These Peanut Log Candy Bars contain a sweet, gooey marshmallow and caramel center and are covered in salty, crunchy peanuts. Slice up your peanut log for a decadent treat! This post is in partnership with the Texas Peanut Producers Board. #TXPeanutTour17
Whole, crushed, or ground, my family eats a lot of peanuts. But despite our peanut eating habits, I didn’t know a whole lot about peanuts. I was thrilled when the Texas Peanut Producers Board invited me out to Lubbock with 12 other bloggers for 3 days of peanut learning. There were naturally a lot of jokes about working for peanuts, but seeing first hand how peanuts go from farm to food was enlightening. And just wait until you see all of the peanut inspired dishes we got to eat!
Our peanut tour took us to Lubbock, Texas. We stayed at the beautiful Overton Hotel, which I highly recommend if you are staying in Lubbock. After checking in and going up to my room I was surprised with a gift basket FULL of peanut goodies, from peanut butter to biscotti. I couldn’t possibly eat all of the goodies by myself in 48 hours so my family was excited when I brought things home from my trip.
Part of seeing how peanuts get from farm to food was heading out to a peanut farm and talking with a farmer. It was such a pleasure to meet Mason Becker, a multi-generational farmer, and have him explain to us about the different types of peanuts, the growing season, and the farming industry in general.
Did you know peanuts grow underground?
There are four basic types of peanuts: Virginia, Runner, Spanish, and Valencia. Virginia peanuts are a larger variety typically sold in their shell. If you’re at a baseball game eating peanuts, you’re probably eating Virgina peanuts. Runner peanuts are smaller and typically have a higher oil content. Runner peanuts are better for peanut butter and confectionaries. Learn more about the types of peanuts.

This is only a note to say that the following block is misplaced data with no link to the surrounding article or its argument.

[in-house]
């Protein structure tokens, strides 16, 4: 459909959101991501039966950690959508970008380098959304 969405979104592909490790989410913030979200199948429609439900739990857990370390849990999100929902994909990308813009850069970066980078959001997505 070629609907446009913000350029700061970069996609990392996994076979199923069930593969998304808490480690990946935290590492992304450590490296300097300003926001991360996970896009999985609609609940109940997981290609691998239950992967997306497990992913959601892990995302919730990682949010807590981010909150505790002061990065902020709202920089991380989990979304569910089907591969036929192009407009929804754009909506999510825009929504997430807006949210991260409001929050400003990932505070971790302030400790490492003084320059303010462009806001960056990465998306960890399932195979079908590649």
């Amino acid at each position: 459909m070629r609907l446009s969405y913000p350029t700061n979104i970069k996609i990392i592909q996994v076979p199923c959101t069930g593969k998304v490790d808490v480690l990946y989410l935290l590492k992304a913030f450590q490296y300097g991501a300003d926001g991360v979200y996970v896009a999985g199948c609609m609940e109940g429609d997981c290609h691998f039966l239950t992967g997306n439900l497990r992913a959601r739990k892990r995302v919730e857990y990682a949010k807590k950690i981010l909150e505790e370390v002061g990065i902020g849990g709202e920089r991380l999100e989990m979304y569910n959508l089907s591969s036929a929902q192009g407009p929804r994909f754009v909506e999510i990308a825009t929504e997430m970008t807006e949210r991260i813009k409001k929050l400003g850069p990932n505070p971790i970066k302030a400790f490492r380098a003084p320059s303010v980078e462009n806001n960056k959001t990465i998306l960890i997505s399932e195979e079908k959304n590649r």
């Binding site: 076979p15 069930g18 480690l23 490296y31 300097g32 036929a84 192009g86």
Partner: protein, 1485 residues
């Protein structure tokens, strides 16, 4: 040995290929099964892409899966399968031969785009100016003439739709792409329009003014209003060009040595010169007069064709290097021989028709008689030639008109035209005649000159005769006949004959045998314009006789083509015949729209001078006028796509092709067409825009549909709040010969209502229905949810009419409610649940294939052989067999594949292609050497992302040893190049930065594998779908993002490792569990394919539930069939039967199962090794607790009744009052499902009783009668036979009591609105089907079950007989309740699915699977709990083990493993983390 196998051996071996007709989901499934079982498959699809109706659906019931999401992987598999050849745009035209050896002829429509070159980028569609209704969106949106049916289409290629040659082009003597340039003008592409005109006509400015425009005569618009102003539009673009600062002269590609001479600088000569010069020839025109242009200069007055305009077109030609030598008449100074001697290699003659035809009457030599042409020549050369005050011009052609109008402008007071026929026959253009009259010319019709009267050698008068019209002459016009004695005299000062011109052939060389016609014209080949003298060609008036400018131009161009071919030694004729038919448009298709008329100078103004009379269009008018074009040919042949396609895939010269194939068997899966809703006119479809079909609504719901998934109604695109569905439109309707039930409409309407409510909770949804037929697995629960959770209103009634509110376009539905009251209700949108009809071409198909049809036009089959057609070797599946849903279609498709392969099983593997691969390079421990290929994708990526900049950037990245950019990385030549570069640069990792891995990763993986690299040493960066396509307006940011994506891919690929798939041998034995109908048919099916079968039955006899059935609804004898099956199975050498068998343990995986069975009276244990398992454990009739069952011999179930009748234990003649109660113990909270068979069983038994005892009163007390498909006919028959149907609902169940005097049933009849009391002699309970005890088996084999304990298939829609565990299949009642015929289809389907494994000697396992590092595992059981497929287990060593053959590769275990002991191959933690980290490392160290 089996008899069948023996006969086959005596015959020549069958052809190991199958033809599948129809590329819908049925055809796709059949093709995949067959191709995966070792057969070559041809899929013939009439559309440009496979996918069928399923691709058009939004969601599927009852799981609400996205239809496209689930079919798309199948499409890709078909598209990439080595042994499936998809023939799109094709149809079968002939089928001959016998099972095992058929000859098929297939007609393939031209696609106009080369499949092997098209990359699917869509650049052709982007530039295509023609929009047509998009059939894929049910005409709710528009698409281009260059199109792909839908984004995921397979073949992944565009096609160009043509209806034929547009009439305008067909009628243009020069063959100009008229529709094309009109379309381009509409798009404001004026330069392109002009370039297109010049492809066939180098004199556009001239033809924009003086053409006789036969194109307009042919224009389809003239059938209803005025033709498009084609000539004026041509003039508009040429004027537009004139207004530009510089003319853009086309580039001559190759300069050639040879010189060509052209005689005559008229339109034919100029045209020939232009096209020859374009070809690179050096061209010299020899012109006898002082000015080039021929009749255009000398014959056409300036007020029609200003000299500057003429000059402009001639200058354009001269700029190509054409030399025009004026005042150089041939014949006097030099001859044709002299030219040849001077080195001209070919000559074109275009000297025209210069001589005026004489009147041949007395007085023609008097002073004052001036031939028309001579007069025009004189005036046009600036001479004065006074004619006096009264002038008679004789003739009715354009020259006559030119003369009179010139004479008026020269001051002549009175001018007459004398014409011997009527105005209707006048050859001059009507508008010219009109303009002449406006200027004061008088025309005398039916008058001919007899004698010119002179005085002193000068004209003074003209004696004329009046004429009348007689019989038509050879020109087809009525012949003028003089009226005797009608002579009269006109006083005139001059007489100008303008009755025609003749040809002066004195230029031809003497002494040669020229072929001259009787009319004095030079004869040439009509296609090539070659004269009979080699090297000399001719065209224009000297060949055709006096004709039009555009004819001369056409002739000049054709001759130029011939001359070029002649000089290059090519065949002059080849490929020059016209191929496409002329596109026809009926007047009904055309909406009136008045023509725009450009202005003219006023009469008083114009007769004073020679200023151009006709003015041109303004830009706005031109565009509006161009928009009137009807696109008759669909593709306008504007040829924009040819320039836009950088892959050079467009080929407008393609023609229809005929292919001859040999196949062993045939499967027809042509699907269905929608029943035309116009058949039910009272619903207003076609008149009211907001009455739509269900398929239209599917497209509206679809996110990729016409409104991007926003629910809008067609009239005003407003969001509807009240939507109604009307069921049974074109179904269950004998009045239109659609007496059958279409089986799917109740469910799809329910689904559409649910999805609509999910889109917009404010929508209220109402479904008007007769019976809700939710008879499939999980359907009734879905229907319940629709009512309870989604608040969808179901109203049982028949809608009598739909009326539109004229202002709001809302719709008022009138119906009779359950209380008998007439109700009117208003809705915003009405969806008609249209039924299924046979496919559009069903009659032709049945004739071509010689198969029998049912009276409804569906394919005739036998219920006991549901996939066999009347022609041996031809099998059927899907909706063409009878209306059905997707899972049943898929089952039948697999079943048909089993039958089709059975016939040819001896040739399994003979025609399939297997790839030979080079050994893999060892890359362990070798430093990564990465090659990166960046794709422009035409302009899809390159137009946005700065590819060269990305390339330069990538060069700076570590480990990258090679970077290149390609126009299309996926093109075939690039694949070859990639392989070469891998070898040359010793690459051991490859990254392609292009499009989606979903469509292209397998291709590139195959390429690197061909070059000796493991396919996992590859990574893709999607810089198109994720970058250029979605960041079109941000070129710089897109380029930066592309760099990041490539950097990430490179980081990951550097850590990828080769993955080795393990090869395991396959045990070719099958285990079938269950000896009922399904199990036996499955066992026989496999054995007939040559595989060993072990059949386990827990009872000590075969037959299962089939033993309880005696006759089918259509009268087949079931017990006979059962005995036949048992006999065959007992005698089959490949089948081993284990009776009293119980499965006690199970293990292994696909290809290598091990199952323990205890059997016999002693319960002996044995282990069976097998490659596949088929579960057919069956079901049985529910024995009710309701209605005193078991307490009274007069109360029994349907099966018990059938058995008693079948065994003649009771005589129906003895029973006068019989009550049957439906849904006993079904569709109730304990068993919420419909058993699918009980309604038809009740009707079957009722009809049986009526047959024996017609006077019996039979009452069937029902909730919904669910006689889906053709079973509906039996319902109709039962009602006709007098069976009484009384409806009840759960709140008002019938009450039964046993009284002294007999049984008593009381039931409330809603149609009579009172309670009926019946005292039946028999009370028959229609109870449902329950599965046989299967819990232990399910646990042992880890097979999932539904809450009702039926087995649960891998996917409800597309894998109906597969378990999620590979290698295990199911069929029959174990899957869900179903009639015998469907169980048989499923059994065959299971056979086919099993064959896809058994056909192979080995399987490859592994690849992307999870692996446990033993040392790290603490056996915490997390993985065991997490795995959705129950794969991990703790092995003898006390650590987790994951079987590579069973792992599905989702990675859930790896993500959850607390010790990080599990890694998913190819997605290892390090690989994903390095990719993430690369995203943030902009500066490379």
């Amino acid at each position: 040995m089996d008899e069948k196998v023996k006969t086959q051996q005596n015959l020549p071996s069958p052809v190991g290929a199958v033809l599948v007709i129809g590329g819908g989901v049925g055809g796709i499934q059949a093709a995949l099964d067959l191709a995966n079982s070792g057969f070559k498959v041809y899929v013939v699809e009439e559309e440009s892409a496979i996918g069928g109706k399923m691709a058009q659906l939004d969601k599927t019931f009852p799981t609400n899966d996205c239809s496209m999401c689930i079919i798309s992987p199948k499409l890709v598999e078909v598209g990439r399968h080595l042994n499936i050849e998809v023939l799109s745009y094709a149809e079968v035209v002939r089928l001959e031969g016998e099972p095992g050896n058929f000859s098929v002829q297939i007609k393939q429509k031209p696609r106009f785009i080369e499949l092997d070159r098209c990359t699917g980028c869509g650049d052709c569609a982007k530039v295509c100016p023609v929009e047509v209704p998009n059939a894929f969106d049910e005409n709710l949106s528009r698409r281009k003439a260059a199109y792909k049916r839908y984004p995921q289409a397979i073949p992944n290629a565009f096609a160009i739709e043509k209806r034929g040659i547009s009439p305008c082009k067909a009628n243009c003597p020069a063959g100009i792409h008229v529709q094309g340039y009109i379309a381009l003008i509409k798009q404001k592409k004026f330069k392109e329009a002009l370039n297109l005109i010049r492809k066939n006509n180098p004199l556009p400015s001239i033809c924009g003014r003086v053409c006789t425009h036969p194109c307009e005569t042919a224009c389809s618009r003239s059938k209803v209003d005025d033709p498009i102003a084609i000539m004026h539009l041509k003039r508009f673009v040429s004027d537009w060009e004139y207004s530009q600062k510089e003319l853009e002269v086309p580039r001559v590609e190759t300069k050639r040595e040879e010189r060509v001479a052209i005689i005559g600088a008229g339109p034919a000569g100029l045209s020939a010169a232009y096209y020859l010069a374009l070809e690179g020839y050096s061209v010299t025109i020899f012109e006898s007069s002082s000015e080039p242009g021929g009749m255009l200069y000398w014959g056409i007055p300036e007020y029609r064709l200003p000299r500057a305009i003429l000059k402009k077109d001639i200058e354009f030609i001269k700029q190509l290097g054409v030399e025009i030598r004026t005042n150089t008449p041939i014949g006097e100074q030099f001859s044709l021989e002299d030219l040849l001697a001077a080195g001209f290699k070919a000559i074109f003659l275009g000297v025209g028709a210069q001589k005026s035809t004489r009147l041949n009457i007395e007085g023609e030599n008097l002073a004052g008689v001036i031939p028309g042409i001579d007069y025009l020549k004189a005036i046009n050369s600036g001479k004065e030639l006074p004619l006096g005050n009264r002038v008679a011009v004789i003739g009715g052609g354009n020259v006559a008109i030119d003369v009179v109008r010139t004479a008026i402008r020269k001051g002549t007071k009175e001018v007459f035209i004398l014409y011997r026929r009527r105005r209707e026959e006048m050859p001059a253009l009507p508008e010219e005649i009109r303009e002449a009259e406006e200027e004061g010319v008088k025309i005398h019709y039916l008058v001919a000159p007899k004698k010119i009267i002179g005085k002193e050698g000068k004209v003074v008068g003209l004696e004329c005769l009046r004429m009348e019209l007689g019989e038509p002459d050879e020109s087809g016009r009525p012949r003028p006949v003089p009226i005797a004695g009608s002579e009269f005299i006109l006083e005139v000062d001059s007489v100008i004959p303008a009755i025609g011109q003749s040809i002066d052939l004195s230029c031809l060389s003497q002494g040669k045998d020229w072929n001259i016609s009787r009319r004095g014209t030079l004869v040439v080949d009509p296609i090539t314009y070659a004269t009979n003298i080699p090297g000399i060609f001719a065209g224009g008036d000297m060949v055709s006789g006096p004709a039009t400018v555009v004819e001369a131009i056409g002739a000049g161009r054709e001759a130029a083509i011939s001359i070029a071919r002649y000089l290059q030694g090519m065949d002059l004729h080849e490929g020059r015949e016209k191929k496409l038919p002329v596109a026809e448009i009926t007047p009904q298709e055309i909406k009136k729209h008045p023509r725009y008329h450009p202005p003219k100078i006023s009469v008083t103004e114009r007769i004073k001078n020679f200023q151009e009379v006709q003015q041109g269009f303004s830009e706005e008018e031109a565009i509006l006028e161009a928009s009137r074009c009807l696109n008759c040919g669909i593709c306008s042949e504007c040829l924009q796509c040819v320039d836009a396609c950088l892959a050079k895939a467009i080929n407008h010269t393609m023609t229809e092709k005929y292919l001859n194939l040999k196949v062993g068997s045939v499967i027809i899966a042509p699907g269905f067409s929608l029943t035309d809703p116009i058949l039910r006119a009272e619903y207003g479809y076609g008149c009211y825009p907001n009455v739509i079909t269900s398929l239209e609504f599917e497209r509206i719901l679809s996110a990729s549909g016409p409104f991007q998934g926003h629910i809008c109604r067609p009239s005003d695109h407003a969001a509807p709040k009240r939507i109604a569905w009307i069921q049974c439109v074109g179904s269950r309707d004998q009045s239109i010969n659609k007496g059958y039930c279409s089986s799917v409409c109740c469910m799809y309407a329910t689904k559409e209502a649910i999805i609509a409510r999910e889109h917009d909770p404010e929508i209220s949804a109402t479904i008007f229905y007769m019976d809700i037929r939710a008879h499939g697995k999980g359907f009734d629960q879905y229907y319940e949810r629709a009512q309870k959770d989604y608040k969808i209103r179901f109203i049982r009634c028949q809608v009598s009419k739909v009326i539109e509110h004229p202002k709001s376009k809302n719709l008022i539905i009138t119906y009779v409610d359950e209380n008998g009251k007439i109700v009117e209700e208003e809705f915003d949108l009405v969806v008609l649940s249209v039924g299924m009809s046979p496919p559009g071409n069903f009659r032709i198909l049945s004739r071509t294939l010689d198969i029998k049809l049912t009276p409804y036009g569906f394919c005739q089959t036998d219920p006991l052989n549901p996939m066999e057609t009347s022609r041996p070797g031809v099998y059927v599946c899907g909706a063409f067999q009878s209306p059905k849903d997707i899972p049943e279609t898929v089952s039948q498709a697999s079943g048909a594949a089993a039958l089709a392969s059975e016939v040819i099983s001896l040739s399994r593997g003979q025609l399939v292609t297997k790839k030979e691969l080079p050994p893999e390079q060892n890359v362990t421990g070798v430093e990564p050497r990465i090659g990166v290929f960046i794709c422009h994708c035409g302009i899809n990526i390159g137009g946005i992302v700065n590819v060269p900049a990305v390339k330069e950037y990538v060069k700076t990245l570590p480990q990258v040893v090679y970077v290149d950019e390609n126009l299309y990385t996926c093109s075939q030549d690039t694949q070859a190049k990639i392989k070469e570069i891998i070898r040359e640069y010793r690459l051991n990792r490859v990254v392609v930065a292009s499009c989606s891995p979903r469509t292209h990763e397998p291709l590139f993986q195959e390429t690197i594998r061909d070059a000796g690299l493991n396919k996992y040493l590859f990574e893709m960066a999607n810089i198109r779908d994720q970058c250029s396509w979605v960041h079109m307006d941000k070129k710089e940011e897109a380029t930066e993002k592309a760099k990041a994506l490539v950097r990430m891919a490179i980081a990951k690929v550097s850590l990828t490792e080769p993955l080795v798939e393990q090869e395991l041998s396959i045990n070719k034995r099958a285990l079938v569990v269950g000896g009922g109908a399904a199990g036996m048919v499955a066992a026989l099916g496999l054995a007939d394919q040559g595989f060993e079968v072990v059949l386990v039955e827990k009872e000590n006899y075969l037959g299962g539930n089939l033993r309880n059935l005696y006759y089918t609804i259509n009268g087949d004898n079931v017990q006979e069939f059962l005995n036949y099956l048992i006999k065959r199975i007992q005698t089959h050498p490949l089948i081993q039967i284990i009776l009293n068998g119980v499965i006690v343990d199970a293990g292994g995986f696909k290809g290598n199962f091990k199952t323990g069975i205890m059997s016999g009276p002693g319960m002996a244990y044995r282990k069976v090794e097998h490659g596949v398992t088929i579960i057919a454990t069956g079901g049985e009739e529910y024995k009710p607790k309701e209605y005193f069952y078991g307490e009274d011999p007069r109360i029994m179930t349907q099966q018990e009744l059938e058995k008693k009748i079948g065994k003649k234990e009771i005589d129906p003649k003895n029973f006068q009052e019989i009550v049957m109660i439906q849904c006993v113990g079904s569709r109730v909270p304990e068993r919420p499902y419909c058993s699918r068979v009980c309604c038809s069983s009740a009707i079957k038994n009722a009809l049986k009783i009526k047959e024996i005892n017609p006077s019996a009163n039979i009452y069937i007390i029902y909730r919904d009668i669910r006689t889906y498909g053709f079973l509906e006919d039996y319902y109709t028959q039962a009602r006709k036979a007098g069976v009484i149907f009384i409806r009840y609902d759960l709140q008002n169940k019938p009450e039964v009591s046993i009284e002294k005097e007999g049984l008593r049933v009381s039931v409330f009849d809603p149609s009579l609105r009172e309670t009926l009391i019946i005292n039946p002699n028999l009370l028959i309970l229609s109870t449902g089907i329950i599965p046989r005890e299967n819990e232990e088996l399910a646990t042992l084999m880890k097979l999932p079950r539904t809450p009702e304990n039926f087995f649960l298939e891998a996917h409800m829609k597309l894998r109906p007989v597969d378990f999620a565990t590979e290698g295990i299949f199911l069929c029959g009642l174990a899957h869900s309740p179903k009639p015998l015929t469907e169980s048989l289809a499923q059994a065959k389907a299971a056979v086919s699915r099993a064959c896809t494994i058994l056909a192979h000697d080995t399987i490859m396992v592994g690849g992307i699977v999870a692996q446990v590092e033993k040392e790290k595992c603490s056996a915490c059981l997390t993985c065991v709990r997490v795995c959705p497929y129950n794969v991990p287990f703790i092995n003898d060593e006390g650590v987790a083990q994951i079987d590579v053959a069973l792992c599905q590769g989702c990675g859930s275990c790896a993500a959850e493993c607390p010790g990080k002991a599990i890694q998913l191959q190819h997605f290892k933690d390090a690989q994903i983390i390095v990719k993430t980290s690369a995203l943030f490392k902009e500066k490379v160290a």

The peanut growing season starts with planting at the end of April and harvesting in September. You can see in the pictures the rows of peanuts, since these photos were taken at the beginning of August. By the time they are ready to harvest the rows will have grown together. To harvest the plants all get pulled and flipped upside down. Then they are left to dry in the field for 7 days. A combine separates the peanuts from the leaves and stem and then send the peanuts to market.
We learned from our farmer Mason that while crops are often to susceptible to hail and storms, underground crops like peanuts are hearty. Peanut farming, and farming in general, is also much more high tech than most people realize and requires skilled laborers. The technology advancements mean that farmers are producing more pounds per acre than ever before, but the machines and investment for farmers is also steep. Farming is a career that requires passion.
It takes 540 peanuts make up a 12 ounce jar
After learning about the farming side of peanut production we headed to a processing plant. After the peanuts are harvested from the farmers they head to a place like the Birdsong Shelling facility. We all donned protective eyewear, hairnets, and earplugs for this part of the tour. That also meant no photography. So you’ll just have to believe me when I tell you we walked in to a storage facility that had a literal mountain of peanuts. I couldn’t believe how many peanuts were in that storage area. Part of me really wanted to climb the mountain, which I realize would have been futile and they wouldn’t have let me. So I just watched, listened and learned about how peanuts get processed.
Birdsong sorts 1 – 1.4 million pounds of peanuts per day. Some of these peanuts stay in the shell, some are shelled but whole, some are in halves, and others are smaller pieces. Lots of machines all doing many different steps of the sorting process. Once the peanuts are sorted they are bagged are stored in a cold warehouse. These are the finished consumer sized bags, these are large bags to send off to national candy brands or ballparks who will then sell to the end consumer.